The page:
Author Topic: Confession (anti-wet sumping valve)  (Read 682 times)

Offline Seabee

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Confession (anti-wet sumping valve)
« on: 09.10. 2018 21:24 »
I have always kind of pooh poohed the whole hysteria over anti-wet sumping check valves. I've had one on the Super Rocket for 15 years and it works great! I bought a different brand for the Road Rocket when I rebuilt it, because I couldn't find the same brand. I was doing my fall "cycling of the fleet" when I fired up the Road Rocket for the first time in at least a year. THANK GOD I also installed an oil pressure gauge on it. As it was idling up I noticed that there was zero oil pressure! Upon further investigation, the ball in the valve had stuck just enough that the oil pump could not unseat it. I imagine some moisture in the oil had settled around the ball and lightly seized it to the seat. It took little to free it up again, but then it went into the spare parts bin and a standard fitting was installed. I have a sump plate installed with a drain plug, so I'll just have to stop being so lazy and drain off what leaks through before I ride it. It is my show piece and rarely gets ridden anyway. The Super Rocket is the "rider quality" bike and gets ridden often enough to keep everything loose and nimble! Just thought I'd add this story to the great many out there.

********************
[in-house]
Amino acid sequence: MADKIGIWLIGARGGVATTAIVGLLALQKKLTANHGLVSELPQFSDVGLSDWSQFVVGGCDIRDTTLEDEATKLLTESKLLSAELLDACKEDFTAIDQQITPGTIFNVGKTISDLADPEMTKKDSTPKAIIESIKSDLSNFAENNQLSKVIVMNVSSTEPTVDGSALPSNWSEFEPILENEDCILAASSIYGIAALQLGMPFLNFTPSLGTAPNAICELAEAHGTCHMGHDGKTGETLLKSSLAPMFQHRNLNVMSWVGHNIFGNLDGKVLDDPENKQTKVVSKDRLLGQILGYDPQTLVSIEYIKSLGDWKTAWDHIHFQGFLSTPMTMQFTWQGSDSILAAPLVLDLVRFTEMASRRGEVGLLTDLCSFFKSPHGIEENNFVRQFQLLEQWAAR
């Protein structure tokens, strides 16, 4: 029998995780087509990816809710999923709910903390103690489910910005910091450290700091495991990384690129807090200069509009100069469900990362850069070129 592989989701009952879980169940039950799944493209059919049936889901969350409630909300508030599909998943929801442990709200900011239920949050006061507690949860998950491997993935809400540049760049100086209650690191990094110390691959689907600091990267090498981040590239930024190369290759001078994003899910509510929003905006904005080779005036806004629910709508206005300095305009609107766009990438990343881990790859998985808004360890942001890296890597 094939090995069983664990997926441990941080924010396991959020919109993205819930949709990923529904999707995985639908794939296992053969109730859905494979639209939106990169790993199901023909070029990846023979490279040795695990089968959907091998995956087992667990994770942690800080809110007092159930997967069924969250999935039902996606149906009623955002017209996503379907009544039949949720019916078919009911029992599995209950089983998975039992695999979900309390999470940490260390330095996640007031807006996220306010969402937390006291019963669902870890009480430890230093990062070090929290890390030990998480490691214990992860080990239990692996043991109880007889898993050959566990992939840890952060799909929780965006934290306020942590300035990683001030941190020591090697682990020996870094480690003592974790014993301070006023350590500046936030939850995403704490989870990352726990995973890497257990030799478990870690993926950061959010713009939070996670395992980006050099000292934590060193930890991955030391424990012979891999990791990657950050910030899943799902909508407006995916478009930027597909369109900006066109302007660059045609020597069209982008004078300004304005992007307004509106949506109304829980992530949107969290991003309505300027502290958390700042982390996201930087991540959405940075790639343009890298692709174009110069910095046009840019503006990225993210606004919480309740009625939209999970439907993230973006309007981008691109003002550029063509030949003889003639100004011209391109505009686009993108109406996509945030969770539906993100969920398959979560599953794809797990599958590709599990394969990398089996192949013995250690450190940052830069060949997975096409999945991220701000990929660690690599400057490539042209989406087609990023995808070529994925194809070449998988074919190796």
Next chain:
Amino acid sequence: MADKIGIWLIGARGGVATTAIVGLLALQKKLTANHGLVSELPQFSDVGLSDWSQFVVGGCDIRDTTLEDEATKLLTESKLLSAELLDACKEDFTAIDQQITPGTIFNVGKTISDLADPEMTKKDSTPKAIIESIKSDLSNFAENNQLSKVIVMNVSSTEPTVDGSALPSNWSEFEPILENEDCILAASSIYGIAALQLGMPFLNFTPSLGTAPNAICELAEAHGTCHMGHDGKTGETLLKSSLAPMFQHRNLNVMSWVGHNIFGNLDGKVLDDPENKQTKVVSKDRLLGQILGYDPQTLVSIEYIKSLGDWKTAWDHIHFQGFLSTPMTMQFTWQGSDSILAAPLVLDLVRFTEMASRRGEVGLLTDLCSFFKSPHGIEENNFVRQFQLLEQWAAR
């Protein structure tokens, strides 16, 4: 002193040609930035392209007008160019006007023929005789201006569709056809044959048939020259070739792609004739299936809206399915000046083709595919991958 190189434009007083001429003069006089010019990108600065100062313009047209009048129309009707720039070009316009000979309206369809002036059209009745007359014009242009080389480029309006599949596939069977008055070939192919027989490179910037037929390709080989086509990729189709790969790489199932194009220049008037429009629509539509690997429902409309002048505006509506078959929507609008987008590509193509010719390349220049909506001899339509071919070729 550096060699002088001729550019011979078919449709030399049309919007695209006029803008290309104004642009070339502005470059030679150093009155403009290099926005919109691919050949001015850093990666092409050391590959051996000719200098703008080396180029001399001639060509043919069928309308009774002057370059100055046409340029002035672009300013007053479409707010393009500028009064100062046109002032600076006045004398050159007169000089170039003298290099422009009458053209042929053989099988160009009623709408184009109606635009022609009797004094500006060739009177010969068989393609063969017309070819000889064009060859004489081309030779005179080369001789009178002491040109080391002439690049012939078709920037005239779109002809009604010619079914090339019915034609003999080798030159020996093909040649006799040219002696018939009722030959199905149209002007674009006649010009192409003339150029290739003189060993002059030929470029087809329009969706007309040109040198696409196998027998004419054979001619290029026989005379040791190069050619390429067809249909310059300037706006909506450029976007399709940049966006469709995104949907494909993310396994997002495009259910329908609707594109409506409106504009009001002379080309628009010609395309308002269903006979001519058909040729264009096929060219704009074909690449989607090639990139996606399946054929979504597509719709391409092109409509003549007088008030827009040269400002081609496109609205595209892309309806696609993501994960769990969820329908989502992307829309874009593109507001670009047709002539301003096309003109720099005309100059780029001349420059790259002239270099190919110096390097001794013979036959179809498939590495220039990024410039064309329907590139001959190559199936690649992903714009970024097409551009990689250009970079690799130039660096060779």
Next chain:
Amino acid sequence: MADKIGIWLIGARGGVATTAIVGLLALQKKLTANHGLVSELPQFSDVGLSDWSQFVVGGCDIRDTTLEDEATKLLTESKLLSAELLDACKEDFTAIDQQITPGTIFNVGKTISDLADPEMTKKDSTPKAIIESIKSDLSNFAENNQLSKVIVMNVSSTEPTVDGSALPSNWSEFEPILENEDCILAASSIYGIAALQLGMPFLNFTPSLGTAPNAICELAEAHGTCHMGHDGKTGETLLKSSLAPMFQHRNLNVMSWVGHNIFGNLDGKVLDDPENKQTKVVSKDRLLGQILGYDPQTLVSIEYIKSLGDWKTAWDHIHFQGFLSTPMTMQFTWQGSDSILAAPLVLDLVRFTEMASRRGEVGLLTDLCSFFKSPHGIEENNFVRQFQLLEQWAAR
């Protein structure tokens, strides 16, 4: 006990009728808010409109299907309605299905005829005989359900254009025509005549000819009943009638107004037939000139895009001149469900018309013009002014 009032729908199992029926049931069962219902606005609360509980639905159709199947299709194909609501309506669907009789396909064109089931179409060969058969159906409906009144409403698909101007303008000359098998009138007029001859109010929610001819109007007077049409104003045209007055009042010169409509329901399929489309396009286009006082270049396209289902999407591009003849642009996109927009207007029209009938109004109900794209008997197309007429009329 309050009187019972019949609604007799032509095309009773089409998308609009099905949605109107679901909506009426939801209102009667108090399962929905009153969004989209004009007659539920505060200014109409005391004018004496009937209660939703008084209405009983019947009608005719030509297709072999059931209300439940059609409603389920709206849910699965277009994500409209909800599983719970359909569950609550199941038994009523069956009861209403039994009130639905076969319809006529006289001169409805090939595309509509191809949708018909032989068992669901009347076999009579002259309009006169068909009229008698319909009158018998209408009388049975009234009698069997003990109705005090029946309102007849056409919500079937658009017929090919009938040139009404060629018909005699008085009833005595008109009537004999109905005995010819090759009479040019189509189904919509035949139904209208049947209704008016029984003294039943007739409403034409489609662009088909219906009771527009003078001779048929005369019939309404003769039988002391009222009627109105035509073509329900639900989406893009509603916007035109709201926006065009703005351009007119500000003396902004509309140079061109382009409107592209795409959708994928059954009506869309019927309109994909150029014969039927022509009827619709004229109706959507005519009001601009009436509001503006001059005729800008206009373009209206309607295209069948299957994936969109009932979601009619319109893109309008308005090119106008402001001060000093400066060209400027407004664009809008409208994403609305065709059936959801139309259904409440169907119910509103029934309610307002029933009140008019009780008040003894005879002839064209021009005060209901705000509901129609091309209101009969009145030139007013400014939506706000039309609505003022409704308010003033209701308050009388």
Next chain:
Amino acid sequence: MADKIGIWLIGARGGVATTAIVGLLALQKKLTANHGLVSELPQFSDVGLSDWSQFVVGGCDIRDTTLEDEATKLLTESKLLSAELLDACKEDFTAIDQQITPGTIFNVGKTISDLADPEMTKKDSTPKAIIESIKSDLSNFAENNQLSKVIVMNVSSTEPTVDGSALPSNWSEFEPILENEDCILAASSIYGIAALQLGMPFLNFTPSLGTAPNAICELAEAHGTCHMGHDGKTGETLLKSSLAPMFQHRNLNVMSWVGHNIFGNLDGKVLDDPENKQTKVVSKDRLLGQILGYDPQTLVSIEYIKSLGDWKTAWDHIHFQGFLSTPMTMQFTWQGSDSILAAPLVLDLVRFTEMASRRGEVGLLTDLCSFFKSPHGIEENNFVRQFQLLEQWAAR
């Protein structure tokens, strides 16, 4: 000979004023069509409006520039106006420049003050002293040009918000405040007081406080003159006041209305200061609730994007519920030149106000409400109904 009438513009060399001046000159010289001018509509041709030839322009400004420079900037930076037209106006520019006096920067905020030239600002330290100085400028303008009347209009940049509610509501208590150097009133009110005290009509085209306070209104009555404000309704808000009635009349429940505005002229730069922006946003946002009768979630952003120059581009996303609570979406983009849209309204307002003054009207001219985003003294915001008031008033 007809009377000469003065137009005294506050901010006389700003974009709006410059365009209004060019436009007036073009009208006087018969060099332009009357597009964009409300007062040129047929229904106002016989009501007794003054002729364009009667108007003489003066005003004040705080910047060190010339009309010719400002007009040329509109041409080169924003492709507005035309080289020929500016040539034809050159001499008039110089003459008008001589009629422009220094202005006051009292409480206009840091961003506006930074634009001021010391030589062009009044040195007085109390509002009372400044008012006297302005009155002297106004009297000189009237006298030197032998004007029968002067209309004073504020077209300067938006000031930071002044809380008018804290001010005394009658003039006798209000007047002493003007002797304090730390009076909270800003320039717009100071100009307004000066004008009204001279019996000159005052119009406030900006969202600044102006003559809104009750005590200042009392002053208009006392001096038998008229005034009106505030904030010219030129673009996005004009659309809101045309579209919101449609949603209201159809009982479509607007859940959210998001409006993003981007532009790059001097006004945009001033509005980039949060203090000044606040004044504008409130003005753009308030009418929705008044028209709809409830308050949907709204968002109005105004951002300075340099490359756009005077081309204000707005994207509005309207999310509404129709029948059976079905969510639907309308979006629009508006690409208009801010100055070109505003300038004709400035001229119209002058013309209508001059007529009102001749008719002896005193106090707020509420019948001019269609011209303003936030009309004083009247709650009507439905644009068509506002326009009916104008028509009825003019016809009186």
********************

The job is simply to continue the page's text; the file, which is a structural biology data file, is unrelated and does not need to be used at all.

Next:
1961 Super Rocket
1957 Road Rocket
2009 Harley Electra Glide Classic
1993 Harley Springer Softtail
1970 Harley Sportster Chopper
1957 Harley Panhead Chopper
1982 Yamaha XT550
2001 KTM EXC 400
1970 Honda CT70
Southern Illinois, USA

Offline Greybeard

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Re: Confession (anti-wet sumping valve)
« Reply #1 on: 09.10. 2018 21:35 »
Since I changed the check valve ball and spring; the one at the top of the pick-up pipe, my bike only retains the small amount of oil that should be in the sump after running. The engine has to be split to change that ball.

Online RichardL

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Re: Confession (anti-wet sumping valve)
« Reply #2 on: 10.10. 2018 02:50 »
Since I changed the check valve ball and spring; the one at the top of the pick-up pipe, my bike only retains the small amount of oil that should be in the sump after running. The engine has to be split to change that ball.

GB,